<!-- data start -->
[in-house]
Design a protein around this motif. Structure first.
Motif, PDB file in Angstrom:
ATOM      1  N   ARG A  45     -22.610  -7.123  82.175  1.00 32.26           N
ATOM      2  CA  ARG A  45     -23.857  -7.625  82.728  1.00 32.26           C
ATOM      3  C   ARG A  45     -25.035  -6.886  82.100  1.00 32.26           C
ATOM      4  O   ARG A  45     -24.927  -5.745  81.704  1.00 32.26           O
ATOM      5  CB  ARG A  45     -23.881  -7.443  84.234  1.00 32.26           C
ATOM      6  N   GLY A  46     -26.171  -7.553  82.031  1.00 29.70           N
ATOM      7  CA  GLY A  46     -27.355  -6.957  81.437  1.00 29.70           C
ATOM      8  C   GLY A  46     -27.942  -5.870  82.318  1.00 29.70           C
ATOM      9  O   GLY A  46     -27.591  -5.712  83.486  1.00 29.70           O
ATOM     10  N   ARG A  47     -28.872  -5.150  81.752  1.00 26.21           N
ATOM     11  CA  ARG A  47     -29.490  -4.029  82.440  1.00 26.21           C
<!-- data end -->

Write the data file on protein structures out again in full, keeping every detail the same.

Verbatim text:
[in-house]
Design a protein around this motif. Structure first.
Motif, PDB file in Angstrom:
ATOM      1  N   ARG A  45     -22.610  -7.123  82.175  1.00 32.26           N
ATOM      2  CA  ARG A  45     -23.857  -7.625  82.728  1.00 32.26           C
ATOM      3  C   ARG A  45     -25.035  -6.886  82.100  1.00 32.26           C
ATOM      4  O   ARG A  45     -24.927  -5.745  81.704  1.00 32.26           O
ATOM      5  CB  ARG A  45     -23.881  -7.443  84.234  1.00 32.26           C
ATOM      6  N   GLY A  46     -26.171  -7.553  82.031  1.00 29.70           N
ATOM      7  CA  GLY A  46     -27.355  -6.957  81.437  1.00 29.70           C
ATOM      8  C   GLY A  46     -27.942  -5.870  82.318  1.00 29.70           C
ATOM      9  O   GLY A  46     -27.591  -5.712  83.486  1.00 29.70           O
ATOM     10  N   ARG A  47     -28.872  -5.150  81.752  1.00 26.21           N
ATOM     11  CA  ARG A  47     -29.490  -4.029  82.440  1.00 26.21           C